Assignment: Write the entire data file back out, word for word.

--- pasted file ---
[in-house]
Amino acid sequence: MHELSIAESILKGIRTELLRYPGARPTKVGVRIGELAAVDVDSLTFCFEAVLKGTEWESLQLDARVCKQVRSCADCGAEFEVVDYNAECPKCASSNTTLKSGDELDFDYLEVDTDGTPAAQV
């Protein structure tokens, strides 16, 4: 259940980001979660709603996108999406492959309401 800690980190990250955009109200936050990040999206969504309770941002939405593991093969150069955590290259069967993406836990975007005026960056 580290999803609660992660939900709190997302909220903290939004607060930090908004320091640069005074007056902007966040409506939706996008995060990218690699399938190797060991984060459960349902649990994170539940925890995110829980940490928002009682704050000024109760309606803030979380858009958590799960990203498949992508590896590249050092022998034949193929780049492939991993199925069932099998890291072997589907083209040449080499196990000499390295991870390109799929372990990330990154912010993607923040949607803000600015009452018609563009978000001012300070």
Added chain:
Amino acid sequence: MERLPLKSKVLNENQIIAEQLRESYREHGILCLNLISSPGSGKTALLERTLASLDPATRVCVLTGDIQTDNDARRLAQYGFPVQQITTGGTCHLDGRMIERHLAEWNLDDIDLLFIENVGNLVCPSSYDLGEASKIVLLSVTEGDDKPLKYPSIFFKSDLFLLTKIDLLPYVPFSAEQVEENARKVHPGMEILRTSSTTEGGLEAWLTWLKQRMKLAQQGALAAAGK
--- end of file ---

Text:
[in-house]
Amino acid sequence: MHELSIAESILKGIRTELLRYPGARPTKVGVRIGELAAVDVDSLTFCFEAVLKGTEWESLQLDARVCKQVRSCADCGAEFEVVDYNAECPKCASSNTTLKSGDELDFDYLEVDTDGTPAAQV
């Protein structure tokens, strides 16, 4: 259940980001979660709603996108999406492959309401 800690980190990250955009109200936050990040999206969504309770941002939405593991093969150069955590290259069967993406836990975007005026960056 580290999803609660992660939900709190997302909220903290939004607060930090908004320091640069005074007056902007966040409506939706996008995060990218690699399938190797060991984060459960349902649990994170539940925890995110829980940490928002009682704050000024109760309606803030979380858009958590799960990203498949992508590896590249050092022998034949193929780049492939991993199925069932099998890291072997589907083209040449080499196990000499390295991870390109799929372990990330990154912010993607923040949607803000600015009452018609563009978000001012300070």
Added chain:
Amino acid sequence: MERLPLKSKVLNENQIIAEQLRESYREHGILCLNLISSPGSGKTALLERTLASLDPATRVCVLTGDIQTDNDARRLAQYGFPVQQITTGGTCHLDGRMIERHLAEWNLDDIDLLFIENVGNLVCPSSYDLGEASKIVLLSVTEGDDKPLKYPSIFFKSDLFLLTKIDLLPYVPFSAEQVEENARKVHPGMEILRTSSTTEGGLEAWLTWLKQRMKLAQQGALAAAGK